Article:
Texas Time Machine: A Restrospective Look at David Robinson

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June 22, 1987. David Stern is standing somewhat sullenly behind a chestnut brown podium in the center of the stage. He’s rocking a full head of brown hair, round dark-rimmed glasses, and a checkered red and white tie that looks like a torn off piece of picnic fabric. It’s only the commissioner’s fourth year doing this, and he’s already reported the draft selections of Olujawon, Jordan, Stockton, Pippen, Barkley and Ewing. Stern announces—with little enthusiasm, that the San Antonio Spurs have selected David Robinson with the first pick.

San Antonio was buzzing with the painful excitement of a child counting down to Christmas. “The

Jun 18, 2014; San Antonio, TX, USA; San Antonio Spurs former center David Robinson waves to the fans during the NBA championship parade at San Antonio River Walk. Mandatory Credit: Soobum Im-USA TODAY Sports

Admiral,” as the 7 foot 1 center was called, had already committed to two years of active duty with the U.S. Navy. The Spurs would get to see their young center, but only after a frustrating two year wait. What they didn’t know is that they wouldn’t see his full impact until many years after his retirement.

There was quite a bit of losing in the years before Robinson’s arrival. The Hemmisfair arena was filled with it for four years, including the two seasons immediately after Robinson was picked. It culminated in a horrendous 21-61 1988-89 campaign, the worst record the team had ever posted for a full season. With the new inside presence finally back home and ready to play for San Antonio, some improvement seemed certain. But the fan base couldn’t have been prepared for the turnaround that took place.

35 wins. That was the difference between one year and the next. It was a NBA record at the time. It is true that the Spurs acquired Terry Cummings and Rod Strickland that same offseason, but they also lost their best player from the previous season in Alvin Robertson. Robinson was phenomenal; he averaged close to 4 blocks and 2 steals to go with his 24 points and 12 rebounds.

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Year after year, Robinson dominated down low for the Spurs. His supreme athleticism, proficient post play and humble personality became the face of the Spurs, who were often contending but unable to get to the finals. From his 71 point performance to his inconceivable 4.5 blocks, 2.3 steals per game Defensive Player of the Year season, Robinson’s tenure as the Spurs main star was filled with accomplishments. He made ten all star teams and eight All-NBA defense teams. His metric stats were superior to Jordan in 1991-92, when His Airness (who was awarded the MVP that year) was in the middle of his prime. And with the exception of the year he played just 6 games, Robinson never missed the playoffs. The only knock on him has always been that he wasn’t able to win a championship until Tim Duncan came along for assistance.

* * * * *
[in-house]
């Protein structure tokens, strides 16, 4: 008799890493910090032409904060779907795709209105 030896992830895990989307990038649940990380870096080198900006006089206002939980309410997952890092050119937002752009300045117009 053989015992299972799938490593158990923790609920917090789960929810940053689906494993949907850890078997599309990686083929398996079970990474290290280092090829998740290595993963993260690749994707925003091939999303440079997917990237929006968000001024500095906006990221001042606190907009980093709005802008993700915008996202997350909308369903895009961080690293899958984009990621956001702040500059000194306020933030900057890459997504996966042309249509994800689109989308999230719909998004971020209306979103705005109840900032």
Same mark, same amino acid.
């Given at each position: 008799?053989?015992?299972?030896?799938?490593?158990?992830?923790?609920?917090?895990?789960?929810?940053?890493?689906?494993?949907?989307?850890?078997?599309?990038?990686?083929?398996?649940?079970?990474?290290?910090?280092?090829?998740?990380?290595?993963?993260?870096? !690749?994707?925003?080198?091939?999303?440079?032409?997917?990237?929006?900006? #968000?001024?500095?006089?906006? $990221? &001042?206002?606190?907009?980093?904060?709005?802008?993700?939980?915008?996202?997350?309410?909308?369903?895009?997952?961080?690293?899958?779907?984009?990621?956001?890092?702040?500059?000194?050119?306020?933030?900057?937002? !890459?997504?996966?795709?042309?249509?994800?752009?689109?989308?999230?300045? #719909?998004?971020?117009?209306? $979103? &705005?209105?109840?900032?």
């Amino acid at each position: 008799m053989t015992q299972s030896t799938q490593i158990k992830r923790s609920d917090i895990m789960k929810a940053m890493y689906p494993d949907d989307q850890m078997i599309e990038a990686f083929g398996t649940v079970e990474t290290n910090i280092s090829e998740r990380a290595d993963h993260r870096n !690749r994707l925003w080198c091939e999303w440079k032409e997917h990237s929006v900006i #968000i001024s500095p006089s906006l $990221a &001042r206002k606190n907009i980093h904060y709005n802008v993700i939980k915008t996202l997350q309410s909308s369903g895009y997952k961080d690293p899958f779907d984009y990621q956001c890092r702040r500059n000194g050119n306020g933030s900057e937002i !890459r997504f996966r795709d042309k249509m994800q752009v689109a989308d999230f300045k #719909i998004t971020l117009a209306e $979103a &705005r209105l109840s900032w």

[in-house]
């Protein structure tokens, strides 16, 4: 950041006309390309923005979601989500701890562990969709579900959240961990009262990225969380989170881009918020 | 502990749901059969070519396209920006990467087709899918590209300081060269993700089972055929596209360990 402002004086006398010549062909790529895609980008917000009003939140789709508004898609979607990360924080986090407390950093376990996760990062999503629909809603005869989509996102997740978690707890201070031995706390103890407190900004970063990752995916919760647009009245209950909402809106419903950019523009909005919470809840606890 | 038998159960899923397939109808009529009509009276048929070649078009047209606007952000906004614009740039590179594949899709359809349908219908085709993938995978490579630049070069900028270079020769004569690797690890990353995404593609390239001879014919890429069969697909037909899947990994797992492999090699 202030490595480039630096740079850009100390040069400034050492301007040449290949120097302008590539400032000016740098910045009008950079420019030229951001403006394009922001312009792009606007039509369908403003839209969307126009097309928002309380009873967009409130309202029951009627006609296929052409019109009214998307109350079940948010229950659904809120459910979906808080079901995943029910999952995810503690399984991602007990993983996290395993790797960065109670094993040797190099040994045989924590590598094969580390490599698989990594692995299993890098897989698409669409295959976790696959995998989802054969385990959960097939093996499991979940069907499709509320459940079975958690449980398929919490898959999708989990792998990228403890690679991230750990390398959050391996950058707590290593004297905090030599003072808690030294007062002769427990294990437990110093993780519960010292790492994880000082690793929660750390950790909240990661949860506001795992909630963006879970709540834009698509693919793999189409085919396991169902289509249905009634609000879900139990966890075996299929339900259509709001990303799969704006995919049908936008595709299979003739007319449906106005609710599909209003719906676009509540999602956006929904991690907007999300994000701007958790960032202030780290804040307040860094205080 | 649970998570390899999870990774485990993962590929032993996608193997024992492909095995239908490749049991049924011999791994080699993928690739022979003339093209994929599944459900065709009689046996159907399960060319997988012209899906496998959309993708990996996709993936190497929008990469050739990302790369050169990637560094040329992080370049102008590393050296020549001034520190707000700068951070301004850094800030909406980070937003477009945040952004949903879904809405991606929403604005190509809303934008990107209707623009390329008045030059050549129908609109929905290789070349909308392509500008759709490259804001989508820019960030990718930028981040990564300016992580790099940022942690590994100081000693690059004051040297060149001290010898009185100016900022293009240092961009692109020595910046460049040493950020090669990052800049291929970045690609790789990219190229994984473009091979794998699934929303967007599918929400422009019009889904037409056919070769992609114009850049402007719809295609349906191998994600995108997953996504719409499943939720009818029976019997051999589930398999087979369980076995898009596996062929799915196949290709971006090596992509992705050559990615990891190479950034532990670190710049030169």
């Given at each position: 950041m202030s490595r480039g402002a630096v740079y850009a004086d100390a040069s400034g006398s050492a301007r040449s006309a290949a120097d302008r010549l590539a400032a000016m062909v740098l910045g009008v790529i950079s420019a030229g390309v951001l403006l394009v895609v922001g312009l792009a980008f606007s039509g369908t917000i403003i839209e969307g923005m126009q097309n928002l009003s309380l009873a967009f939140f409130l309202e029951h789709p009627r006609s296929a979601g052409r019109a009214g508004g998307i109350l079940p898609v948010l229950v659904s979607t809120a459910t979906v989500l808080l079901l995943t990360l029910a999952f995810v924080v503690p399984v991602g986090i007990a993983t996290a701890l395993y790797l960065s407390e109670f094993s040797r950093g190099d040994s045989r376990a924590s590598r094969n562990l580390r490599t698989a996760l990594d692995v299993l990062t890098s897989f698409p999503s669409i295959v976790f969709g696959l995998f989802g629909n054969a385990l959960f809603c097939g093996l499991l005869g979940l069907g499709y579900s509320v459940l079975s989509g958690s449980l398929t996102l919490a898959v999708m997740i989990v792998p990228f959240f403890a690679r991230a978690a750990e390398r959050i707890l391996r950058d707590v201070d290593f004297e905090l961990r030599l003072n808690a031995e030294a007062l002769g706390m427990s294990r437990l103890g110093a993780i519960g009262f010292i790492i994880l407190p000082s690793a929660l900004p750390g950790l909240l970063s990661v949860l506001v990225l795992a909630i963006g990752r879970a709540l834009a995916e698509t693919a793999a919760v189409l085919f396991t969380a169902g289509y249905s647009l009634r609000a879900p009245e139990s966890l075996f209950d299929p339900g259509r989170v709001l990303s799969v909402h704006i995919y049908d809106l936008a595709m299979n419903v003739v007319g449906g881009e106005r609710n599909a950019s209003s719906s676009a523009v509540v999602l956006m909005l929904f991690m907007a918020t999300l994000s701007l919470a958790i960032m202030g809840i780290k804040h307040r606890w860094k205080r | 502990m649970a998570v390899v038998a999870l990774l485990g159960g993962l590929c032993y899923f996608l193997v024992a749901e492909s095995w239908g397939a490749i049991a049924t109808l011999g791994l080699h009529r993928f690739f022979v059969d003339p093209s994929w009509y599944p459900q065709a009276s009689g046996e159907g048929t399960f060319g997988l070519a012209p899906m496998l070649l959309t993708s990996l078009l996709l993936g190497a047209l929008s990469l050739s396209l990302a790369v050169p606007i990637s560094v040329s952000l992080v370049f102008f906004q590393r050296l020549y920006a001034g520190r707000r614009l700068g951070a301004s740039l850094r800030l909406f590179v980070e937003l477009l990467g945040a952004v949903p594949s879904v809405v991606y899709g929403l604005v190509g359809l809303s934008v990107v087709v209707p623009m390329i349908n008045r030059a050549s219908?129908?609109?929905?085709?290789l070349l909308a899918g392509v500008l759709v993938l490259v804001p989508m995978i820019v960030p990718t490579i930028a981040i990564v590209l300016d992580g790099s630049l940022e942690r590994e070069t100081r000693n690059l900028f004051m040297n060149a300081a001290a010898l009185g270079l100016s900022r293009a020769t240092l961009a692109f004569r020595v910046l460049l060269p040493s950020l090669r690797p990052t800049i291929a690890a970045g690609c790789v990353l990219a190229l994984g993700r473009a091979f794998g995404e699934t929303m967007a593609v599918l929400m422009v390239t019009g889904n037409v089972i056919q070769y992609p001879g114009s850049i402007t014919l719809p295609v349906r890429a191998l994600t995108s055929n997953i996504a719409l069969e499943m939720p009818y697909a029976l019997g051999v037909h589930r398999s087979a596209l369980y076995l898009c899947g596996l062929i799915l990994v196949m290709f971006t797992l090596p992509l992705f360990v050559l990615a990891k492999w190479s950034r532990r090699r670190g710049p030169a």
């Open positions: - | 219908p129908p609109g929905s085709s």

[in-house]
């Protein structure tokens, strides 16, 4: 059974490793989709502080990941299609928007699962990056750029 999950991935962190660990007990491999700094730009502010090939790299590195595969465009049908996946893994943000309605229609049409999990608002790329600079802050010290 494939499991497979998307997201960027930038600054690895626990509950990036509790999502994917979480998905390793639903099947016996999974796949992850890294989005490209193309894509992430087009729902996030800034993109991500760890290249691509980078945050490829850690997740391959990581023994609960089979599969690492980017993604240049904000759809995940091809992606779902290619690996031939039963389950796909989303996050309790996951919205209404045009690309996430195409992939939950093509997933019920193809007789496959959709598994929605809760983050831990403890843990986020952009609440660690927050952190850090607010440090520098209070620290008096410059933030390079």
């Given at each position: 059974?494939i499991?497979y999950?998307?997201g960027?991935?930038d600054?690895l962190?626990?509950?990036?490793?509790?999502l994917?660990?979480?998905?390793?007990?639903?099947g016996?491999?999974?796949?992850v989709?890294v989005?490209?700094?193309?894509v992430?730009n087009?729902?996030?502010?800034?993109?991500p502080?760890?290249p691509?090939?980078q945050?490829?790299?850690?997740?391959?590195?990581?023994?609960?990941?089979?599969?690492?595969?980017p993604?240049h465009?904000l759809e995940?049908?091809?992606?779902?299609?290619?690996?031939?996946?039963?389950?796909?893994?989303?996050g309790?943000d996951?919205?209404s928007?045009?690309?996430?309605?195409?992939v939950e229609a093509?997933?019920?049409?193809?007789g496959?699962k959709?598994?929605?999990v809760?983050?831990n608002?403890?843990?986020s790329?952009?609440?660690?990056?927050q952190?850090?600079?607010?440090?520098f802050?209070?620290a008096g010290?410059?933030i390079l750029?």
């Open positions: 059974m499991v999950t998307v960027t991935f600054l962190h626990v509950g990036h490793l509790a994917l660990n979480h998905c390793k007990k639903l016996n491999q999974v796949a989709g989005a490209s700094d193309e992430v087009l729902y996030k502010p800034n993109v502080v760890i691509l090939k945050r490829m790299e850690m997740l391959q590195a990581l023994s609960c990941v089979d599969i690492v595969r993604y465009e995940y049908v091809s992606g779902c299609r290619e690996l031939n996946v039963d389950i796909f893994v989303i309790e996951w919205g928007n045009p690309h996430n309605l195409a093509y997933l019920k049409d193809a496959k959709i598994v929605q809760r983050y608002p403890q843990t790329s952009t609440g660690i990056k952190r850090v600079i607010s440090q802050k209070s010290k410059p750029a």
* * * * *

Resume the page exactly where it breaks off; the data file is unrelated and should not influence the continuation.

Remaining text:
What has slipped through the cracks, though, was the impact Robinson had on the franchise as a whole. Duncan and Popovich are normally the guys that are credited for starting the efficient teamwork centered style that runs through the organization from top to bottom. But Robinson’s mentoring of the young Wake Forest product was the first vital piece.. Not only did he show the greatest power forward ever the discipline and quiet leadership necessary to extract the full potential from a roster, he showed Duncan how to gracefully pass the torch to the next man in line. From Duncan, to Ginobili, to Parker and finally to Leonard, the value of Robinson’s willingness to hand the team to the up-and-coming star has survived more than a decade for the team.

Many stars have conflicting egos, personalities that don’t mesh or basketball ideologies that clash in tumultuous ways. The Spurs missed out on all of that chaos. In the twilight of Robinson’s career, the Spurs had four Hall of Fame/future Hall of Fame players in the core of their team. Yet even as the young Tony Parker and inexperienced Manu Ginobili grew into stars in their own right, the chemistry remained just as tight. The big three fit together like grout.

28 years later, David Robinson’s self-efficacy and team-first mindset still shines through Tim Duncan. While The Big Fundamental has reached heights of legendary status that “The Admiral” was never able to achieve, he can watch from the AT&T Center bleachers knowing that he started something that seems to be willing to last forever. The winning spirit of the Spurs started in 1989, when Robinson came aboard for his rookie season. Because of him, it probably won’t ever die.

Next: San Antonio Spurs 2nd Round Draft Prospect: Michael Qualls

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